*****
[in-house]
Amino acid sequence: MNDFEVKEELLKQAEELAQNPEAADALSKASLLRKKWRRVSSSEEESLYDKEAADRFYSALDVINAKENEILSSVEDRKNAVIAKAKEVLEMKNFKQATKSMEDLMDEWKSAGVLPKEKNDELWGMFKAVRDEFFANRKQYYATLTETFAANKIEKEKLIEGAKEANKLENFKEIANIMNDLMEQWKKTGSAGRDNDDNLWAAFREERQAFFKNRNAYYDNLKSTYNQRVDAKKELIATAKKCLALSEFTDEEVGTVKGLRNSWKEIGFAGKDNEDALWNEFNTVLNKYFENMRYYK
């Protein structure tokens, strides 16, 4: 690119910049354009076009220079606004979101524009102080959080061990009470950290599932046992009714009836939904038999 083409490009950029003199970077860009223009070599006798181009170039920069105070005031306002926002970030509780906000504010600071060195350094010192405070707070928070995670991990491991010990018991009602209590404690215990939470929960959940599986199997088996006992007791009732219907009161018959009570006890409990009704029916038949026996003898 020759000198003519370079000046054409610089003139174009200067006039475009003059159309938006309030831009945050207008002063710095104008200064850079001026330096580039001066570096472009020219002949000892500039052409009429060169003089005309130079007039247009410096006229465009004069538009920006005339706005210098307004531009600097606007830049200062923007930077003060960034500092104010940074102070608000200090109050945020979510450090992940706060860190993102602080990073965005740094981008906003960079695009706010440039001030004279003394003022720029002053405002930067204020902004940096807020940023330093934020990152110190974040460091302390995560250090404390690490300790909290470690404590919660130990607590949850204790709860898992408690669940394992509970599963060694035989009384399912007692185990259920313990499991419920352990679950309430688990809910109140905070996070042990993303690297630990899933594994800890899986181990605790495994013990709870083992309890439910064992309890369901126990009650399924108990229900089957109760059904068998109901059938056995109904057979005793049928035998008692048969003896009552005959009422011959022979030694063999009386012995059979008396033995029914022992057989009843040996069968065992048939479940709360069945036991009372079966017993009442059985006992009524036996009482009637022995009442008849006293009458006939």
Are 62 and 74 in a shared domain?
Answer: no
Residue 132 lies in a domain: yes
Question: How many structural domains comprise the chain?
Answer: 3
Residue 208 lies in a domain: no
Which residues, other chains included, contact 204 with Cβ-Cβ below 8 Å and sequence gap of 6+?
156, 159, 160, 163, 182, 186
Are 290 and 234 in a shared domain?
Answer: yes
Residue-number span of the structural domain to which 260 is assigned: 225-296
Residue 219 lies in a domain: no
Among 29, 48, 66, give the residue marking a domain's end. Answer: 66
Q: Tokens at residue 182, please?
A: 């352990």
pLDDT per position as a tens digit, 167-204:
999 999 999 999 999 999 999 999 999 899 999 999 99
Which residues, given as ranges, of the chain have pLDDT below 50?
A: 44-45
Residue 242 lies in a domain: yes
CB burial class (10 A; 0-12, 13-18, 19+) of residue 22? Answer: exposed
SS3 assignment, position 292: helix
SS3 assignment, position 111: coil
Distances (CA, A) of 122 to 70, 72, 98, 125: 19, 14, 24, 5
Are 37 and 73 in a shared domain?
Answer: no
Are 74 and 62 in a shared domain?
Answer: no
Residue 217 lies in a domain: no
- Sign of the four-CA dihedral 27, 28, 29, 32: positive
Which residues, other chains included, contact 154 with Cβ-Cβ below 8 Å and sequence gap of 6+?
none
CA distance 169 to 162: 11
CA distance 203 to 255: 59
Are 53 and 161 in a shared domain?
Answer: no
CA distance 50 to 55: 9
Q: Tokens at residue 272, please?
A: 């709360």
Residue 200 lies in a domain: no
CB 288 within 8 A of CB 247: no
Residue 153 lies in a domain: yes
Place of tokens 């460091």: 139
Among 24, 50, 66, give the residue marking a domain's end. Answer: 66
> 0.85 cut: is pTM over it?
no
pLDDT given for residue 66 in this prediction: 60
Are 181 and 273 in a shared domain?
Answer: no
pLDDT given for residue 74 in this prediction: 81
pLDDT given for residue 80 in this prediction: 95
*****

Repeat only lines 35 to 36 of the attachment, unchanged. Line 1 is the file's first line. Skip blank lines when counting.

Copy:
none
CA distance 169 to 162: 11